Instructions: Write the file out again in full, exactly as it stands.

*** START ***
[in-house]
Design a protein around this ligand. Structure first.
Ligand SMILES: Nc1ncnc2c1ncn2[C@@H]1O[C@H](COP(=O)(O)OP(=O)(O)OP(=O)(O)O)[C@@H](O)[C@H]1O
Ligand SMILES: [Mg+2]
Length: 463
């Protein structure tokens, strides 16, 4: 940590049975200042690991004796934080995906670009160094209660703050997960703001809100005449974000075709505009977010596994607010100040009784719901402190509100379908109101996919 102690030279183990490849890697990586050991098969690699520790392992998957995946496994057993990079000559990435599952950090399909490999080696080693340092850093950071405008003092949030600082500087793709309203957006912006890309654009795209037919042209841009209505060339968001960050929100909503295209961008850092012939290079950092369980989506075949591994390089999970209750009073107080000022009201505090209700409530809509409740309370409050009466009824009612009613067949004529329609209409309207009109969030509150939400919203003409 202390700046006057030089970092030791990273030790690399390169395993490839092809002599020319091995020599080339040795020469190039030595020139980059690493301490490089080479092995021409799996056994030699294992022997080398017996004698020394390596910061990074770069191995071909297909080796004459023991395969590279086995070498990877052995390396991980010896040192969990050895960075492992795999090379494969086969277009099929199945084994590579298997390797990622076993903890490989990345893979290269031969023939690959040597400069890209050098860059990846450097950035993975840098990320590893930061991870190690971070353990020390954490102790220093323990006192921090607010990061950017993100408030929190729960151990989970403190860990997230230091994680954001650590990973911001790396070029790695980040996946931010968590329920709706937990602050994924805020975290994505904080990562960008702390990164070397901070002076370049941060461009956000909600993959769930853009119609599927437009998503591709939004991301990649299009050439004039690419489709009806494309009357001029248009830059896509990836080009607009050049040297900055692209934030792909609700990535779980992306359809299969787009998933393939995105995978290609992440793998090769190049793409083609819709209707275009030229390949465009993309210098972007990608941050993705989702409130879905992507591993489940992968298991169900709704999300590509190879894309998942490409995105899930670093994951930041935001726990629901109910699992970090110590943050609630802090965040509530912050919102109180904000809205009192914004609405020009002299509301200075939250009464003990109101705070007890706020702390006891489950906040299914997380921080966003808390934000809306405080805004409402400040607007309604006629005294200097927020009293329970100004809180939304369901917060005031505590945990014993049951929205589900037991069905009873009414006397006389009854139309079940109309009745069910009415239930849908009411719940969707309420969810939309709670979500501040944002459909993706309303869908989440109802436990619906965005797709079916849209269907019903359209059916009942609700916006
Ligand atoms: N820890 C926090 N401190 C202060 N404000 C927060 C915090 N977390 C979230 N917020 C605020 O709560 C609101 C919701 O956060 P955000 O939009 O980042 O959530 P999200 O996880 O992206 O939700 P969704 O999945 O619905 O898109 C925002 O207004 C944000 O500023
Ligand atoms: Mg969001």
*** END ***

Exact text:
[in-house]
Design a protein around this ligand. Structure first.
Ligand SMILES: Nc1ncnc2c1ncn2[C@@H]1O[C@H](COP(=O)(O)OP(=O)(O)OP(=O)(O)O)[C@@H](O)[C@H]1O
Ligand SMILES: [Mg+2]
Length: 463
């Protein structure tokens, strides 16, 4: 940590049975200042690991004796934080995906670009160094209660703050997960703001809100005449974000075709505009977010596994607010100040009784719901402190509100379908109101996919 102690030279183990490849890697990586050991098969690699520790392992998957995946496994057993990079000559990435599952950090399909490999080696080693340092850093950071405008003092949030600082500087793709309203957006912006890309654009795209037919042209841009209505060339968001960050929100909503295209961008850092012939290079950092369980989506075949591994390089999970209750009073107080000022009201505090209700409530809509409740309370409050009466009824009612009613067949004529329609209409309207009109969030509150939400919203003409 202390700046006057030089970092030791990273030790690399390169395993490839092809002599020319091995020599080339040795020469190039030595020139980059690493301490490089080479092995021409799996056994030699294992022997080398017996004698020394390596910061990074770069191995071909297909080796004459023991395969590279086995070498990877052995390396991980010896040192969990050895960075492992795999090379494969086969277009099929199945084994590579298997390797990622076993903890490989990345893979290269031969023939690959040597400069890209050098860059990846450097950035993975840098990320590893930061991870190690971070353990020390954490102790220093323990006192921090607010990061950017993100408030929190729960151990989970403190860990997230230091994680954001650590990973911001790396070029790695980040996946931010968590329920709706937990602050994924805020975290994505904080990562960008702390990164070397901070002076370049941060461009956000909600993959769930853009119609599927437009998503591709939004991301990649299009050439004039690419489709009806494309009357001029248009830059896509990836080009607009050049040297900055692209934030792909609700990535779980992306359809299969787009998933393939995105995978290609992440793998090769190049793409083609819709209707275009030229390949465009993309210098972007990608941050993705989702409130879905992507591993489940992968298991169900709704999300590509190879894309998942490409995105899930670093994951930041935001726990629901109910699992970090110590943050609630802090965040509530912050919102109180904000809205009192914004609405020009002299509301200075939250009464003990109101705070007890706020702390006891489950906040299914997380921080966003808390934000809306405080805004409402400040607007309604006629005294200097927020009293329970100004809180939304369901917060005031505590945990014993049951929205589900037991069905009873009414006397006389009854139309079940109309009745069910009415239930849908009411719940969707309420969810939309709670979500501040944002459909993706309303869908989440109802436990619906965005797709079916849209269907019903359209059916009942609700916006
Ligand atoms: N820890 C926090 N401190 C202060 N404000 C927060 C915090 N977390 C979230 N917020 C605020 O709560 C609101 C919701 O956060 P955000 O939009 O980042 O959530 P999200 O996880 O992206 O939700 P969704 O999945 O619905 O898109 C925002 O207004 C944000 O500023
Ligand atoms: Mg969001």